Description will now be made of evaluation as to thermal properties (emissivity and thermal conductivity).

Comparative Example 4 was an experiment made in the absence of carbon nanofibers for comparison with Examples 1, 3 and 4.

Composition of the Plating Solution Used in Comparative Example 4:

Water: 1.0 m3

Nickel(II) sulfate hexahydrate: 240 kg/m3

Nickel(II) chloride hexahydrate: 45 kg/m3

Boric acid: 30 kg/m3

Brightening agent: Saccharin sodium, 2 kg/m3 and

2-butyne-1,4-diol, 0.2 kg/m3

Surface active agent: Polyacrylic acid, 0.1 kg/m3

Emissivity was determined at λ=10 μm by employing an emissivity measuring device. The results are shown in Table 4.

TABLE 4
Carbon nanofibers Emissivity Evaluation
Comparative 0 kg/m3 0.07 x
Example 4
Example 1 2 kg/m3 0.80
Example 3 6 kg/m3 0.85
Example 4 12 kg/m3 0.86

The plating layer formed in Comparative Example 4 had an emissivity of as low as 0.07, since it was a nickel layer. It was substantially equal to that of any ordinary nickel plating layer. On the other hand, all of the plating layers formed in Examples 1, 3 and 4 and containing carbon nanofibers showed by far higher levels of emissivity, as high as 0.80 according to Example 1, 0.85 according to Example 3 and 0.86 according to Example 4.

When a plating layer formed on the outer surface of a metal box containing a source of heat, such as a power transistor, has a low emissivity, only a small amount of radiant heat is released from the outer surface of the box. The heat generated by e.g. the power transistor is confined in the metal box and raises its temperature which in turn raises the temperature of the power transistor and thereby deteriorates it. If the emissivity of the plating layer is high, heat is not confined in the metal box, but its temperature drops, thereby allowing the power transistor to have a lower temperature and a longer life.

The thermal conductivity of each of the products of Comparative 4 and Examples 1, 3 and 4 was determined by a laser flash method. The results are shown in Table 5.

TABLE 5
Carbon nanofibers Thermal conductivity
Comparative 0 kg/m3 60-70 W/mk
Example 4
Example 1 2 kg/m3 65-75 W/mk
Example 3 6 kg/m3 80-90 W/mk
Example 4 12 kg/m3 80-90 W/mk

While the thermal conductivity of the product of Comparative Example 4 was from 60 to 70 W/mk, the products containing carbon nanofibers showed an increase in thermal conductivity to from 65 to 75 W/mk according to Example 1 and from 80 to 90 W/mk according to both of Examples 3 and 4.

As the thermal conductivity of a material depends greatly on its thickness, the thickness of a plating layer having a large thickness from 100 um to 1 mm affects its thermal conductivity greatly, though a thickness in the order of several microns hardly does.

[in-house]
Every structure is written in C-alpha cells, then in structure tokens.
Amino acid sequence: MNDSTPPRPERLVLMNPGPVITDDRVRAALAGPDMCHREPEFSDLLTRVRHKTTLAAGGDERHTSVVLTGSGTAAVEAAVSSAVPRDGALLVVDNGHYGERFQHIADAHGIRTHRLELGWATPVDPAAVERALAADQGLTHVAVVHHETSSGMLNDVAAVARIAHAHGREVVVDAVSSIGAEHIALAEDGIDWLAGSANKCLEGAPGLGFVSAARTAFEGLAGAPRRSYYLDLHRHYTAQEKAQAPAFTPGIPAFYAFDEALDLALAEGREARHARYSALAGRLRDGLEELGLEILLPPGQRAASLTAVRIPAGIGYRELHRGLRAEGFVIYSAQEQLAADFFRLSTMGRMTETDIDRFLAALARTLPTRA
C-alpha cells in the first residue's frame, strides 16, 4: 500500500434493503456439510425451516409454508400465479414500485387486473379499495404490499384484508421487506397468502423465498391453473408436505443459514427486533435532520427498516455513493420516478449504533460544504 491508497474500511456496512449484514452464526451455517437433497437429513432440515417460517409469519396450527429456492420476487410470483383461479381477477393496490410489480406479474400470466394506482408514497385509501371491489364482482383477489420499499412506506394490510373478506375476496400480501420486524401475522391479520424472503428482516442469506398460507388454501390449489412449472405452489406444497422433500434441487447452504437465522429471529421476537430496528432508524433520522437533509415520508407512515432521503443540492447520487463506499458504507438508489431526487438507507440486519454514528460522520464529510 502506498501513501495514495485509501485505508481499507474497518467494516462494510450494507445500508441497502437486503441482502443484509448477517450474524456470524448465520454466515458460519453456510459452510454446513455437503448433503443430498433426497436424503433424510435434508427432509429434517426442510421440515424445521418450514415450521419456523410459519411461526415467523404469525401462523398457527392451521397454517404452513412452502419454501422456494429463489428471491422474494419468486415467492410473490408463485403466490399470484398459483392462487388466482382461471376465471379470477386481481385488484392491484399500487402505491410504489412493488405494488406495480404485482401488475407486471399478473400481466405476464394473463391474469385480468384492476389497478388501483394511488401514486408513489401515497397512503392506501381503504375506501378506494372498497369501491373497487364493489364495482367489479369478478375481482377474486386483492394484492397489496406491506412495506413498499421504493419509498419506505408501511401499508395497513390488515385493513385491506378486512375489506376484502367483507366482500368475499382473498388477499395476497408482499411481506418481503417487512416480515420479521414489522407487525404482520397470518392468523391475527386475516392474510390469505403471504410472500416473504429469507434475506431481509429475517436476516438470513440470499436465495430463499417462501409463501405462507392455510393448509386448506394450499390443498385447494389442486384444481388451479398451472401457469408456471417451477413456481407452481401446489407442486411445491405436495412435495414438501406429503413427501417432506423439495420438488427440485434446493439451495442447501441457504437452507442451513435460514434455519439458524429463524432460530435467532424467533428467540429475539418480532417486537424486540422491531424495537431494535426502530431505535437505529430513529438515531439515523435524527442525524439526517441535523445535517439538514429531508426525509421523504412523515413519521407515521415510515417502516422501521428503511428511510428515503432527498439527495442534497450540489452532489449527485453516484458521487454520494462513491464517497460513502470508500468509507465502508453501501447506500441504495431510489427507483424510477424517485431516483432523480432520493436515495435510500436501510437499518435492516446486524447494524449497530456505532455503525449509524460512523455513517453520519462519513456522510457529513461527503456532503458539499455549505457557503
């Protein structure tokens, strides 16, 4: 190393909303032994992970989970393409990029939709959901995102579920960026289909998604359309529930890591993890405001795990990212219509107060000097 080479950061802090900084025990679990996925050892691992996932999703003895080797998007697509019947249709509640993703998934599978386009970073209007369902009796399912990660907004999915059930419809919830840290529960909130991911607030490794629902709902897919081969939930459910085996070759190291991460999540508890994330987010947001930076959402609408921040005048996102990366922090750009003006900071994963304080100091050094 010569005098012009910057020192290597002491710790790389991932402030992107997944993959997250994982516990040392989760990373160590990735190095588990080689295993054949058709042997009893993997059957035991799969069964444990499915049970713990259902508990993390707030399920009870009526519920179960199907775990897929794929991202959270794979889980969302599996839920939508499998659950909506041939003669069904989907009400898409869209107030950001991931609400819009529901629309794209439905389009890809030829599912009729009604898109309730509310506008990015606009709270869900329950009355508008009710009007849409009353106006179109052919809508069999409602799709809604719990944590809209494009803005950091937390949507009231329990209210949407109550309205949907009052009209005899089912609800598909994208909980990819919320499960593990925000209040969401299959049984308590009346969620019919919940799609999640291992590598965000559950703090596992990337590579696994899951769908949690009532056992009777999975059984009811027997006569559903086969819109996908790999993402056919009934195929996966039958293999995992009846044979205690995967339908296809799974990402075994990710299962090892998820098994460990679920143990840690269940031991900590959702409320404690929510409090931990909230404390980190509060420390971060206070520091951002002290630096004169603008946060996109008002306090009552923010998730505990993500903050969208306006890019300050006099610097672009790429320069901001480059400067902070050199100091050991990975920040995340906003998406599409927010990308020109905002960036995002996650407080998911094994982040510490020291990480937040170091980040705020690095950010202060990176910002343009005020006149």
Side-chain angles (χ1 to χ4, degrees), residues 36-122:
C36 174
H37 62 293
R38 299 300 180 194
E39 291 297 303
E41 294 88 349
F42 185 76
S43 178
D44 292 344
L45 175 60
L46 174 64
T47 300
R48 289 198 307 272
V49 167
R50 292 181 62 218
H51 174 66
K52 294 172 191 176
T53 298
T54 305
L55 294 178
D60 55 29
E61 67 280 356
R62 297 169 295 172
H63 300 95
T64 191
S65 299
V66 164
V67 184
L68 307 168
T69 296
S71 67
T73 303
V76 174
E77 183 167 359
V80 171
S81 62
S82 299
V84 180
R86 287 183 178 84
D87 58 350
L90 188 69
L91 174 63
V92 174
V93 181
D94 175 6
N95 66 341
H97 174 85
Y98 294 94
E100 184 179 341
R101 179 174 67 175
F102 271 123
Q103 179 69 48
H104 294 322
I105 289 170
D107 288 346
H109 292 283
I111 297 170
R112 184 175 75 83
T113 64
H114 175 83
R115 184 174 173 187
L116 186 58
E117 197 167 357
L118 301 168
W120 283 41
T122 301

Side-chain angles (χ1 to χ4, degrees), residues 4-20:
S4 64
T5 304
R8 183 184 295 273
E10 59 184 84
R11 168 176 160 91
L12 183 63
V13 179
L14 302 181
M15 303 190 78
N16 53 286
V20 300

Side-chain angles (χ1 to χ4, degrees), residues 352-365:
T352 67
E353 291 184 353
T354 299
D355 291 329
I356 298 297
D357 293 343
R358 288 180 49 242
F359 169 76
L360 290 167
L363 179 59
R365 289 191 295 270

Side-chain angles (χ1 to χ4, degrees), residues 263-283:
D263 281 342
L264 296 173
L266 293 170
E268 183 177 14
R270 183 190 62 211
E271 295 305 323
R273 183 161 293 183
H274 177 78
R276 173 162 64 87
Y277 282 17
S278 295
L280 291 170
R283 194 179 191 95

A metal box for a power transistor is usually formed from a metal plate having a thickness of 0.5 to 1.0 mm. A plating layer formed on such a box and having a large thickness from 0.1 to 1.0 mm lowers the temperatures of the box and power transistor if it has a high thermal conductivity. Thus, it is preferable to form a plating layer of high emissivity on a metal box for holding any source of heat.

Then, the plating layers were evaluated for mechanical properties. The hardness of each plating layer was examined for its evaluation as to mechanical properties. The results are shown in Table 6.

TABLE 6
Carbon nanofibers Vickers hardness Evaluation
Comparative 0 kg/m3 476 x
Example 4
Example 3 6 kg/m3 559
Example 4 12 kg/m3 648

While Comparative Example 4 showed a Vickers hardness of 476, carbon nanofibers increased it to 559 according to Example 3 and 648 according to Example 4. As an ordinary gloss nickel plating layer has a hardness of 400 to 500, Examples 3 and 4 are quite satisfactory in their hardness. The hardness of 648 as obtained in Example 4 is particularly high and comparable to that of an electroless nickel-phosphorus plating layer as hardened at 250 C.

A harder plating layer is more resistant to scratching and more suitable for protecting a soft metal. Thus, the plating layer according to this invention presents a good appearance owing to its smoothness, forms an optimum skin for a metal box for holding a source of heat owing to its high emissivity and provides a good protection for any underlying metal owing to its high hardness. Therefore, it provides a plating layer offering an added value which has not been available with any known gloss nickel plating layer.

Experiments were also conducted in cases where aluminum, copper and stainless steel plates were used instead of the iron plate as the metal plate 13. It was confirmed that this invention was effectively applicable to all of the cases without presenting any problem of adhesion.

As is obvious from the foregoing, this invention is suitable as a plating layer covering a metal box holding a power transistor.

Obviously, various minor changes and modifications of the present invention are possible in the light of the above teaching. It is therefore to be understood that within the scope of the appended claims the invention may be practiced otherwise than as specifically described.

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Reference
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Referenced by
Citing PatentFiling datePublication dateApplicantTitle
US20120216997 *Feb 23, 2012Aug 30, 2012Shinshu UniversityComposite plating liquid
Classifications
U.S. Classification428/408, 423/447.1
International ClassificationB32B9/00
Cooperative ClassificationY10T428/31678, C25D3/12, C25D15/00, Y10T428/25, C25D5/20, Y10T428/30
European ClassificationC25D15/00, C25D3/12
Legal Events
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Owner name: SHINSHU UNIVERSITY, JAPAN
Free format text: ASSIGNMENT OF ASSIGNORS INTEREST;ASSIGNORS:SATO, TOMOYUKI;ARAI, SUSUMU;REEL/FRAME:017147/0751